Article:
Mr. Broda is a trusted advisor on all aspects of employment law counseling and litigation for diverse lines of business within a leading international financial services company with a strong emphasis on broker-dealer, consumer financial services and investment management businesses.  He has developed a specialty in advising on the range of issues associated with the employment of registered investment representatives and regulated broker-dealers and emerging issues in the mortgage industry. Mr. Broda partners with the business in order to deliver people strategies that allow the firm to meet its desired results while working within appropriate risk parameters, identifying emerging issues and trends and suggesting concrete measures for risk mitigation and avoidance. The range of issues faced on a day to day basis include: pre-employment screening; the design, implementation and execution of compensation plans, focusing on deferred, equity, incentive, bonus, emerging regulations and claw backs; drafting, advising on and litigating covenants not to compete and restrictive covenants; providing counsel on employee discipline, termination, severance, workplace investigations, issues under the NLRA, policy development, employment agreements, FLSA, wage and hour issues, workplace accommodations, applications, training, and the protection of intellectual property, trade secrets and confidential information. Mr. Broda also routinely advises on corporate deals and restructurings.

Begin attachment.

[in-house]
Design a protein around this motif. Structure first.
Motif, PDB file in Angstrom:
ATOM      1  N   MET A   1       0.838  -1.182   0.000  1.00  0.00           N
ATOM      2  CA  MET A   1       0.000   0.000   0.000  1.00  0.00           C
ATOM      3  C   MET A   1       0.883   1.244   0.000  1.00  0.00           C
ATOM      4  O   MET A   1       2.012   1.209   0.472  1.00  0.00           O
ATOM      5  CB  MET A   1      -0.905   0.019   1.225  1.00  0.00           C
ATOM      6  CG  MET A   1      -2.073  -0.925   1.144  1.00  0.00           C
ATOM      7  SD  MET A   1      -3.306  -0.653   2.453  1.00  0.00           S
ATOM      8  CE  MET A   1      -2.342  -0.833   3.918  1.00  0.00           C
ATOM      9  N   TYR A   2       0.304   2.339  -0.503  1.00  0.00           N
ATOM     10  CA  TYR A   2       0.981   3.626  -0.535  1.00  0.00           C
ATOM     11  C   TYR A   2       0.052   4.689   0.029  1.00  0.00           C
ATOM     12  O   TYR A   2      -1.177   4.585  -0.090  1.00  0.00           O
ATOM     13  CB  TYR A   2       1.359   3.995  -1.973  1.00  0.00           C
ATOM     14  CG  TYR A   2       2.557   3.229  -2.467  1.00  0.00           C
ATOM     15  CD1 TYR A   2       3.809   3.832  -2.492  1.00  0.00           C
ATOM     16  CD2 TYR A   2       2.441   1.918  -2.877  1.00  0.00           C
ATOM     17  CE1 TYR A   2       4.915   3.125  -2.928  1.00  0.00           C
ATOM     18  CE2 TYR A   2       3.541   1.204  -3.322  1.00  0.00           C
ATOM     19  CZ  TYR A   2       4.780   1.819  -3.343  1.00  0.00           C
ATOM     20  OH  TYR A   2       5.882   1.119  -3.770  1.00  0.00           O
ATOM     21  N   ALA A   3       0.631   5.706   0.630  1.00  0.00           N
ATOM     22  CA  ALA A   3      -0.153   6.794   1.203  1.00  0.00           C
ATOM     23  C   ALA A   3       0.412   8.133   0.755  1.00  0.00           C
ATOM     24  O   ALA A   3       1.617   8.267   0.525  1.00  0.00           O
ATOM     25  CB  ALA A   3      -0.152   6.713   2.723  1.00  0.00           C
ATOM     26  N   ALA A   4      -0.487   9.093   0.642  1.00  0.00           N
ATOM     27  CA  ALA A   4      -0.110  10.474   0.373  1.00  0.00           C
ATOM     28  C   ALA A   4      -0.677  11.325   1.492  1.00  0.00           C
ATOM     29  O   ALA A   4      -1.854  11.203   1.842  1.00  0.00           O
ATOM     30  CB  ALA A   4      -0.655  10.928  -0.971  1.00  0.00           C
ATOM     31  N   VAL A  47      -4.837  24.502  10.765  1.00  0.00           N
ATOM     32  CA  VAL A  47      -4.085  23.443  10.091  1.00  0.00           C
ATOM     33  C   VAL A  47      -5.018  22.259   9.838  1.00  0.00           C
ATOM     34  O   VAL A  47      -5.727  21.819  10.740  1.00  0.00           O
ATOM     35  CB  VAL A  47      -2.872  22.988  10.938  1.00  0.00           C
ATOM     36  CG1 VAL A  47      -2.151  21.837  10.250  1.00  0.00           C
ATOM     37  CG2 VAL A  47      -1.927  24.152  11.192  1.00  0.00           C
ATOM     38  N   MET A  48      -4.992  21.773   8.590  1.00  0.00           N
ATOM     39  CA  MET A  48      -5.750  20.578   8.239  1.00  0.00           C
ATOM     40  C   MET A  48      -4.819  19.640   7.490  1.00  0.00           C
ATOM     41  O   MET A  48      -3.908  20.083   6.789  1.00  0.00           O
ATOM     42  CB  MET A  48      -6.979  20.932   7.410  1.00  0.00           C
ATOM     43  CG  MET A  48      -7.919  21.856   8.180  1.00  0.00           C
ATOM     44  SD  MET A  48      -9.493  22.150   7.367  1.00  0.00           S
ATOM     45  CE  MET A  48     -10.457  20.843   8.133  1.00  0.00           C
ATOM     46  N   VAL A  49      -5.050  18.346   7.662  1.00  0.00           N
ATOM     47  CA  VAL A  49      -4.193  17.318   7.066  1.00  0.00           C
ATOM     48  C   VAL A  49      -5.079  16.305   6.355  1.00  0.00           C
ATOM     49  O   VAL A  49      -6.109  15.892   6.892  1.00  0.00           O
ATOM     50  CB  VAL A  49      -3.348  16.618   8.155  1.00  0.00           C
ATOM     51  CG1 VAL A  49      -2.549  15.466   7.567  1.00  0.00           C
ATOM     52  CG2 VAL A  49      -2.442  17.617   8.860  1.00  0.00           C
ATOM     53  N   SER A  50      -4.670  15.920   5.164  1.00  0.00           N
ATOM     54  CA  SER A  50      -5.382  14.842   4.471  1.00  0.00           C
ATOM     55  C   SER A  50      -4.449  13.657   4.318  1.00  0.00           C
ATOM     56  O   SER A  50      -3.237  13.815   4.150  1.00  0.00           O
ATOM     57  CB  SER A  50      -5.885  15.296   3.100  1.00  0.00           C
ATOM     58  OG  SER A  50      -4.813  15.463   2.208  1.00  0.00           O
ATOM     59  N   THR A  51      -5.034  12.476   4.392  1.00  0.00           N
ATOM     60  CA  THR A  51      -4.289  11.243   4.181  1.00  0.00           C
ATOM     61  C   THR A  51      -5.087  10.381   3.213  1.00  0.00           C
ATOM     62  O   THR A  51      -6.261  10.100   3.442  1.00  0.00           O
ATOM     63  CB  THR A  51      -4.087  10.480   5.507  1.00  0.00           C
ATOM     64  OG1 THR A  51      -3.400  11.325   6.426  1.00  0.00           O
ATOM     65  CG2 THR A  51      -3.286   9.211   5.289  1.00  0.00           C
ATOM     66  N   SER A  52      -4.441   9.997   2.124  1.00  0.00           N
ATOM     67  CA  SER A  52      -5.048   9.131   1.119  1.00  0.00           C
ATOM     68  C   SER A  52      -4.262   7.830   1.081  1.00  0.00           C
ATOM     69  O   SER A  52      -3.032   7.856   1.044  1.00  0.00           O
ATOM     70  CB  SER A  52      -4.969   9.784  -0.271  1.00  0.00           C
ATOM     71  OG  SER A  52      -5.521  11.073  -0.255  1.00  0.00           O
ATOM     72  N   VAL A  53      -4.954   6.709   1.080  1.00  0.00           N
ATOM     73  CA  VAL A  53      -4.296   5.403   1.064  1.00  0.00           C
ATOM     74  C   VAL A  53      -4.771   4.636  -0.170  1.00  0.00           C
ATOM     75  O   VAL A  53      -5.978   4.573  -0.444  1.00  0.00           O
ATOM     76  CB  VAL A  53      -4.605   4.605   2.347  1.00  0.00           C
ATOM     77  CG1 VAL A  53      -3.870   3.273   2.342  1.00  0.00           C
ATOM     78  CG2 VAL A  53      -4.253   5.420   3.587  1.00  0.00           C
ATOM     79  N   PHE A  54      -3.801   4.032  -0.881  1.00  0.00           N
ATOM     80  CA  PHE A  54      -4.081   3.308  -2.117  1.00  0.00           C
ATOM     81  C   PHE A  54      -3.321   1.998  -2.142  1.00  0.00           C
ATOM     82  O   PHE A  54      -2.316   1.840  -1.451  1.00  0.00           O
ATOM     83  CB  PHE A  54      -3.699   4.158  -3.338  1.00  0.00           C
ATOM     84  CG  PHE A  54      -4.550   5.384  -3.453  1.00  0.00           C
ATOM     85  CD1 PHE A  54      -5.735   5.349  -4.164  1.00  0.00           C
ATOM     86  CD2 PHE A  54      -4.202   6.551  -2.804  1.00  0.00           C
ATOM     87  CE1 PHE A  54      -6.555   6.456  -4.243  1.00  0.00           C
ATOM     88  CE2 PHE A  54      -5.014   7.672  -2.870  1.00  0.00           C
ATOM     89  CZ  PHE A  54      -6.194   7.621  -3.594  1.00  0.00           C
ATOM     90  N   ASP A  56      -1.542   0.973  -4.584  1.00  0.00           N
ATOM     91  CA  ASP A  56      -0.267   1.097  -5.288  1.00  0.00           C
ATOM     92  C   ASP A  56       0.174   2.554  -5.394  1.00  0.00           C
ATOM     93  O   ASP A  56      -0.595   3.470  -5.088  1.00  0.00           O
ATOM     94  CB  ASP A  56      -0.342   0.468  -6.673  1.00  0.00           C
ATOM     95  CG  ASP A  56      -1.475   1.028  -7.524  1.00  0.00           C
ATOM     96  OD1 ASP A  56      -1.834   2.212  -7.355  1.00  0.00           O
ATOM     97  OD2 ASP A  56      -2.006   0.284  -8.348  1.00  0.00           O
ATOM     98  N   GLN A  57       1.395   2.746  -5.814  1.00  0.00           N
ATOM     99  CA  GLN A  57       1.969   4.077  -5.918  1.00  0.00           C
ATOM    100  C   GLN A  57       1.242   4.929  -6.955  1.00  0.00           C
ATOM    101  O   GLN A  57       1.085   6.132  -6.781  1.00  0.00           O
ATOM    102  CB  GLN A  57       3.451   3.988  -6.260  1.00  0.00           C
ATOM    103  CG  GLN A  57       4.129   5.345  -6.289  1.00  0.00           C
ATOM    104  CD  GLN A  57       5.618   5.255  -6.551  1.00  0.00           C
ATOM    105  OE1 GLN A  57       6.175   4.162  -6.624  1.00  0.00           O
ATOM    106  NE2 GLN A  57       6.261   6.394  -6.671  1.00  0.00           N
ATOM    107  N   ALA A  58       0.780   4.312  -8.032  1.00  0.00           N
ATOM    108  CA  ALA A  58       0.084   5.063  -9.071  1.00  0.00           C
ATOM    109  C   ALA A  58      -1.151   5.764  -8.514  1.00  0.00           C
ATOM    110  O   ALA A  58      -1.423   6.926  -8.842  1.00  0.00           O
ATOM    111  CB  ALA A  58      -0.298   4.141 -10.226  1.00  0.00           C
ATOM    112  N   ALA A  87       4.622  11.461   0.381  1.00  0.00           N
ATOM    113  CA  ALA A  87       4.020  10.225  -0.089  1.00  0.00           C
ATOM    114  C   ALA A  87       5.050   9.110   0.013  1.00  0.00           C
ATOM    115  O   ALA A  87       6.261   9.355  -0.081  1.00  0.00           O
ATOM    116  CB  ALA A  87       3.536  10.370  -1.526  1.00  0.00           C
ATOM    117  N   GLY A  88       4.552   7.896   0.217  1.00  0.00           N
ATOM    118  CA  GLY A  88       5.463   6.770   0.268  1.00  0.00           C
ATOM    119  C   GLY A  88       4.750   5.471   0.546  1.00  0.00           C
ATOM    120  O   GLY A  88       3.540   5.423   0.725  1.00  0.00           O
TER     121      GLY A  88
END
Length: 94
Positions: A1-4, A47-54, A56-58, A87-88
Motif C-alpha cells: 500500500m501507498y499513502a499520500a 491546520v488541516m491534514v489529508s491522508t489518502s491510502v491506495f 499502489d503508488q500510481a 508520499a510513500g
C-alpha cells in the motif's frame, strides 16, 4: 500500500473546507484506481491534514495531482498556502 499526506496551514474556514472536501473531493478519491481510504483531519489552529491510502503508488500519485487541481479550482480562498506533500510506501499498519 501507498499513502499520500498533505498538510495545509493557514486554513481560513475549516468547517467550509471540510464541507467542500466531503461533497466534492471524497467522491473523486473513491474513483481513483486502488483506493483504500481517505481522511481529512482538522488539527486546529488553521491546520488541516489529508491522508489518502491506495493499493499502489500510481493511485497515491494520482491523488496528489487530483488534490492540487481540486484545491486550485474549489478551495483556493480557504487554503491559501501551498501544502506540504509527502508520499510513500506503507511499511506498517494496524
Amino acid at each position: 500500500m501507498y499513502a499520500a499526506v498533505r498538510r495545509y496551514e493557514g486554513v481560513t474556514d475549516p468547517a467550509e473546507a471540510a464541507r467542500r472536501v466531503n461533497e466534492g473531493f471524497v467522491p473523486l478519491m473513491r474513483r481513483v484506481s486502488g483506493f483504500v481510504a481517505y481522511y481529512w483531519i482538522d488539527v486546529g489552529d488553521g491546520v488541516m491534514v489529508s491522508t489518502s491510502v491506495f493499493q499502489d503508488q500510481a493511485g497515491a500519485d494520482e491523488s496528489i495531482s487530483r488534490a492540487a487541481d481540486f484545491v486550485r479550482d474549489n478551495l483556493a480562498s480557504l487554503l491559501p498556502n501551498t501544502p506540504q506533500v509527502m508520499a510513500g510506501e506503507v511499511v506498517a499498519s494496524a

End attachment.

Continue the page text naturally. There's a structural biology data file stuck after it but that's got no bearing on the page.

Mr. Broda has appeared in several published cases covering a broad range of topics, including, but not limited to: Phillips v. JPMorgan Chase Bank, N.A., No. 06 C 3747, 2007 WL 1266303 (N.D. Ill. April 30, 2007); Stark v. PPM America, Inc., 354 F.3d 666 (7th Cir. 2004); Guy Carpenter & Co., Inc. v. Provenzale, 334 F.3d 459 (5th Cir. 2003); Anheuser Busch v. Teamsters Local 744, 280 F.3d 1133 (7th Cir. 2002); Peele v. County Mutual Ins. Co., 288 F.3d 319 (7th Cir. 2002); Hogan v. Metromail, 107 F.Supp.2d 459 (S.D.N.Y. 2000); 167 F.Supp.2d 593 (S.D.N.Y. 2001); 2002 WL 373245, 28 Employee Benefits Cas. 1480 (S.D.N.Y. 2002); Lumenite Control Technology, Inc. v. Jarvis, 252 F.Supp.2d 700 (N.D.Ill. 2003); Hupp v. Metromail Corp. Special Severance Plan, 133 F.Supp.2d 681 (N.D.Ill. 2001); and Illinois State Police v. Fraternal Order of Police Troopers, Lodge No. 41, 323 Ill.App.3d 322 (4th Dist. 2001).

Mr. Broda is a member of the bar of the State of Illinois, the United States District Court for the Northern District of Illinois, the United States Court of Appeals for the Fifth Circuit, Eighth Circuit and the Eleventh Circuit. Mr. Broda received a B.A. in American Studies from Knox College, magna cum laude, Phi Beta Kappa, with College Honors. He has an M.A. from the University of Iowa, and a J.D. from Loyola University Chicago School of Law, magna cum laude